Inspiration: The Azulejos Tiles of Portugal

Inspiration: The Azulejos Tiles of Portugal

Interiors inspired by Portugal’s azulejos tiles

There’s little doubt that Portugal is a design lover’s paradise, jam-packed full of interior inspiration and, of course, stunning Portuguese azulejos tiles.

Around every corner you’ll find glazed ceramic tiles adorning every surface. From eye-catching church frontages and metro station walls to hard-wearing benches and fountains, they’re at the forefront of Portuguese culture. They even decorate the outside of people’s homes.

Azulejos tiles tell stories and create interest where, in other countries across Europe, walls might be left blank. It’s no wonder they leave us feeling inspired for our own home. 

The beginning of azulejos tiles

The word azulejos comes from the Arabic “al-zuleique”, meaning “small polished stone”.

Dating back to the thirteenth-century, designs started with geometric shapes in neutral tones, used to fill spaces on large, gothic walls. They often featured modest depictions of birds and leaves, inspired by fabrics imported from overseas, and the foreign influence didn’t stop there.

King Manuel I of Portugal brought inspiration back with him from Seville, and those geometric shapes morphed into the azulejos tiles we know and love today. 

Storytelling with Portuguese tiles

An Azulejo Mural

It was after an earthquake in Lisbon in 1755 that the use of azulejos across Portugal started to rise.

During the rebuilding of the city, the tiles moved from inside walls to out, covering religious monuments and palaces, community hubs, restaurants, bars and railway stations.

Not limited to wealthy, urban centres, the popularity of azulejos tiles spread nationwide into rural areas too, used in villages to cover street signs and beach walls, framing the doorways and windowsills of family homes.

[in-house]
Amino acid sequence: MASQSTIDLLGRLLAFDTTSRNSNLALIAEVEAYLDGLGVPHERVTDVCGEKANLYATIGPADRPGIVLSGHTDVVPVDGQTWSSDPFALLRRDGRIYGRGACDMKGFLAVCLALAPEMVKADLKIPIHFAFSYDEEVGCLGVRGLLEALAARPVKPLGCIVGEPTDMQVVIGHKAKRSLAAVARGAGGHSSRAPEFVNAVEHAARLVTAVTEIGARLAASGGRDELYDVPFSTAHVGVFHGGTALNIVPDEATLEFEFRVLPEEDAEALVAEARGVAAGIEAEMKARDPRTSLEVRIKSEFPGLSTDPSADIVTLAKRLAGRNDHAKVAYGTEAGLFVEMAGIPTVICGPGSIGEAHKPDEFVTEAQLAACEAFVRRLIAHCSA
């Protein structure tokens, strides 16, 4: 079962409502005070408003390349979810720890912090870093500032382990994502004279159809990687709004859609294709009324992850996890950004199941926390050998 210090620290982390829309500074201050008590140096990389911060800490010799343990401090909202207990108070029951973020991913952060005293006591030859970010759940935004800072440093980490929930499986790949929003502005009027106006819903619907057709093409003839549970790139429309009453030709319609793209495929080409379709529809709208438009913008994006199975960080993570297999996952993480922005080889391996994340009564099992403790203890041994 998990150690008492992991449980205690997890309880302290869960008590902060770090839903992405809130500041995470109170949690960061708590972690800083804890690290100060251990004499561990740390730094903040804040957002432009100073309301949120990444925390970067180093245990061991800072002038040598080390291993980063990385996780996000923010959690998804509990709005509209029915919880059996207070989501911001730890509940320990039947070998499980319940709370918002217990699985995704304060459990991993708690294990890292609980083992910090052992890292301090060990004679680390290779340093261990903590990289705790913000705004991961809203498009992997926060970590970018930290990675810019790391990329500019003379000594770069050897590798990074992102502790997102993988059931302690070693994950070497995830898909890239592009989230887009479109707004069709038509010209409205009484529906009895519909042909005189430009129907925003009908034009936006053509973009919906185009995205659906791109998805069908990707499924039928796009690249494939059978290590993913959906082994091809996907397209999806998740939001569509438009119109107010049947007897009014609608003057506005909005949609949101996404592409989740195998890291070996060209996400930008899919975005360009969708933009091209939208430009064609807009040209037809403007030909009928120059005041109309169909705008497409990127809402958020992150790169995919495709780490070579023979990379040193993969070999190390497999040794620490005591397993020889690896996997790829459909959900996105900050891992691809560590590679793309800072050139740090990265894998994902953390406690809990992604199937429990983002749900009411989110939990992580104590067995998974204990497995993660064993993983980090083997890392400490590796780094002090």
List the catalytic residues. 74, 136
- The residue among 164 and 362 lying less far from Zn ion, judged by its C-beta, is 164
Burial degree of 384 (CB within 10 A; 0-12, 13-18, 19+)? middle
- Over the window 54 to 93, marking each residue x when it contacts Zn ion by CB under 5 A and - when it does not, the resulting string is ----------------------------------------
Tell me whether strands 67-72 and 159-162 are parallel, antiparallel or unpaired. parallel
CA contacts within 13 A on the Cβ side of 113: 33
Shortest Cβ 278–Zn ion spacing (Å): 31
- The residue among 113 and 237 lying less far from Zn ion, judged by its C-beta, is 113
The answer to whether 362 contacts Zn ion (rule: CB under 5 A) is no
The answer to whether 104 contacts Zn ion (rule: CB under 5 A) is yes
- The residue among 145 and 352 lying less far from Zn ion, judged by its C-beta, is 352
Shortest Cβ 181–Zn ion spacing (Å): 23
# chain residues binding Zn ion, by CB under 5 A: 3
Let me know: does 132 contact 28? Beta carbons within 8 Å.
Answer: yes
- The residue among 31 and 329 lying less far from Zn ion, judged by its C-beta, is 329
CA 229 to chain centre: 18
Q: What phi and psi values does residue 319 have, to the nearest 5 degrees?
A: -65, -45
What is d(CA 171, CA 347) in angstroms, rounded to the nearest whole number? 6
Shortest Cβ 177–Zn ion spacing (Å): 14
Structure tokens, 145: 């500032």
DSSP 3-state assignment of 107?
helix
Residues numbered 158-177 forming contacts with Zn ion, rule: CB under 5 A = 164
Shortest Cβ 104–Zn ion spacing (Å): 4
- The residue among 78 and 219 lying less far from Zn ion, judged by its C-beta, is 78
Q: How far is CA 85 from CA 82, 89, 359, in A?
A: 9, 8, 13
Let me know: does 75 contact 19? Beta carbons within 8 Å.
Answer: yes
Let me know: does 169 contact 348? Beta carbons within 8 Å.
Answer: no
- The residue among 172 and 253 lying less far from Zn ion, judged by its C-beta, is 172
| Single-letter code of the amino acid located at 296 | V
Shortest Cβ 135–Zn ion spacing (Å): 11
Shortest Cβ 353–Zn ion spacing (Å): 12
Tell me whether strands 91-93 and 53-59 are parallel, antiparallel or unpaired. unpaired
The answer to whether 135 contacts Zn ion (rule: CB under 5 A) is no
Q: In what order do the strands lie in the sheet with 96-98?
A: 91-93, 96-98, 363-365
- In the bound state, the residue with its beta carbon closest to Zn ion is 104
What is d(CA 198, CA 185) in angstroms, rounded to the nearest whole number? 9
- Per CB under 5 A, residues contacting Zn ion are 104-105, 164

Through this beautiful but practical tradition, it’s become a Portuguese custom to share stories.

Over time artists have depicted religious fables, historic events and cultural celebrations on the ceramic surfaces of Portuguese tiles, alongside small messages of remembrance and protection from the elements.

Portugal's timeless ceramics

Without age, and seemingly above trend, azulejos tiles have changed with the times but remain a constant, too.

Walk the streets of Lisbon and you’ll see nods to Art Nouveau, Art Deco, the transfer-print methods of the nineteenth century and much more.

And if you need any more convincing that Portuguese azulejos tiles live on today, as recently as 1988 a collection of modern artists were commissioned to decorate Lisbon’s newest metro stations with the famous ceramics. 

Using azulejos tiles in the home

We’re no strangers to using a little inspiration when it comes to designing our own homes. In particular, Portuguese blue tiles play a big part in the game of trends with inspired designs often found in the bathroom, kitchen and hallway. 

From our own collection, the V&A Brompton tile with its timeless blue tones and Laura Ashley Mr Jones in midnight both offer striking designs that are reminiscent of the streets of Lisbon. Perfect for adding a touch of azulejos into the mix.

Laura Ashley Mr Jones Midnight

We love the idea of combining these iconic blue tiles with concrete surfaces or white marble for a more authentic European feel. Consider taking things to the next level, too, with wooden blinds or a reclaimed door to finish off the look. 

If you find your guests snapping pictures of your tiles when they visit, then you’ve captured the beauty of Portuguese culture perfectly.

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